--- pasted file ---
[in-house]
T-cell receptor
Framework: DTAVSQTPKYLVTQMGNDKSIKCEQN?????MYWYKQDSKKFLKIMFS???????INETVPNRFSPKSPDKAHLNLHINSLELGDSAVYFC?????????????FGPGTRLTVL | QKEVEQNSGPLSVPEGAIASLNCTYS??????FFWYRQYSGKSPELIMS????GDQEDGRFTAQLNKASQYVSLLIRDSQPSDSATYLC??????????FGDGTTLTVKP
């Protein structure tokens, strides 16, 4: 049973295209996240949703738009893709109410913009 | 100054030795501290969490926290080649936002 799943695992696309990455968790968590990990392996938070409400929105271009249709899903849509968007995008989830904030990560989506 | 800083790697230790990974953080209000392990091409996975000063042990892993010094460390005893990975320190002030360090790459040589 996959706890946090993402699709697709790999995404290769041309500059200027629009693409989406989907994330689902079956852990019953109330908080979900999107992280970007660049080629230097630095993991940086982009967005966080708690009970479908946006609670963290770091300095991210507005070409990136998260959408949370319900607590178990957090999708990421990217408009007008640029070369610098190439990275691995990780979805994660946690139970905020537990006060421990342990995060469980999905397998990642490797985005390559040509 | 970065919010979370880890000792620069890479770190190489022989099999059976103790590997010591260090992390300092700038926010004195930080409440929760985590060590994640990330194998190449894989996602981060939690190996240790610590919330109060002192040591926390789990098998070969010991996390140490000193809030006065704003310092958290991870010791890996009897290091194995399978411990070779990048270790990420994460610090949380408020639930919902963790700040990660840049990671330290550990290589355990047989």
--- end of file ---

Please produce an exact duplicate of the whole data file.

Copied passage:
[in-house]
T-cell receptor
Framework: DTAVSQTPKYLVTQMGNDKSIKCEQN?????MYWYKQDSKKFLKIMFS???????INETVPNRFSPKSPDKAHLNLHINSLELGDSAVYFC?????????????FGPGTRLTVL | QKEVEQNSGPLSVPEGAIASLNCTYS??????FFWYRQYSGKSPELIMS????GDQEDGRFTAQLNKASQYVSLLIRDSQPSDSATYLC??????????FGDGTTLTVKP
């Protein structure tokens, strides 16, 4: 049973295209996240949703738009893709109410913009 | 100054030795501290969490926290080649936002 799943695992696309990455968790968590990990392996938070409400929105271009249709899903849509968007995008989830904030990560989506 | 800083790697230790990974953080209000392990091409996975000063042990892993010094460390005893990975320190002030360090790459040589 996959706890946090993402699709697709790999995404290769041309500059200027629009693409989406989907994330689902079956852990019953109330908080979900999107992280970007660049080629230097630095993991940086982009967005966080708690009970479908946006609670963290770091300095991210507005070409990136998260959408949370319900607590178990957090999708990421990217408009007008640029070369610098190439990275691995990780979805994660946690139970905020537990006060421990342990995060469980999905397998990642490797985005390559040509 | 970065919010979370880890000792620069890479770190190489022989099999059976103790590997010591260090992390300092700038926010004195930080409440929760985590060590994640990330194998190449894989996602981060939690190996240790610590919330109060002192040591926390789990098998070969010991996390140490000193809030006065704003310092958290991870010791890996009897290091194995399978411990070779990048270790990420994460610090949380408020639930919902963790700040990660840049990671330290550990290589355990047989």